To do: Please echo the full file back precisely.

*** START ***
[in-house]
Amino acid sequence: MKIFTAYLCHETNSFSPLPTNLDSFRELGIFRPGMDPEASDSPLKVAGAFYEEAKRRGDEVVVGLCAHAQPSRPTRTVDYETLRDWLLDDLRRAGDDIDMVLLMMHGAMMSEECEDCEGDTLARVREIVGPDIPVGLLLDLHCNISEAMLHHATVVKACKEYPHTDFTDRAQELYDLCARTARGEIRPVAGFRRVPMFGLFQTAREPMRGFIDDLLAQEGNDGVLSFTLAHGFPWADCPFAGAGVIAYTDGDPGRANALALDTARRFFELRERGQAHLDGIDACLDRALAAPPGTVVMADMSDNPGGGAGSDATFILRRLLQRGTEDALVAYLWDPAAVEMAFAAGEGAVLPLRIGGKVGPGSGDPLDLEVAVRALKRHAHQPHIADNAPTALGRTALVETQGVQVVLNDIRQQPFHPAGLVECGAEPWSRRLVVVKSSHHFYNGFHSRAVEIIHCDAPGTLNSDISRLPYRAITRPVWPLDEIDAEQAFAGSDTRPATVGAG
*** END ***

[in-house]
Amino acid sequence: MKIFTAYLCHETNSFSPLPTNLDSFRELGIFRPGMDPEASDSPLKVAGAFYEEAKRRGDEVVVGLCAHAQPSRPTRTVDYETLRDWLLDDLRRAGDDIDMVLLMMHGAMMSEECEDCEGDTLARVREIVGPDIPVGLLLDLHCNISEAMLHHATVVKACKEYPHTDFTDRAQELYDLCARTARGEIRPVAGFRRVPMFGLFQTAREPMRGFIDDLLAQEGNDGVLSFTLAHGFPWADCPFAGAGVIAYTDGDPGRANALALDTARRFFELRERGQAHLDGIDACLDRALAAPPGTVVMADMSDNPGGGAGSDATFILRRLLQRGTEDALVAYLWDPAAVEMAFAAGEGAVLPLRIGGKVGPGSGDPLDLEVAVRALKRHAHQPHIADNAPTALGRTALVETQGVQVVLNDIRQQPFHPAGLVECGAEPWSRRLVVVKSSHHFYNGFHSRAVEIIHCDAPGTLNSDISRLPYRAITRPVWPLDEIDAEQAFAGSDTRPATVGAG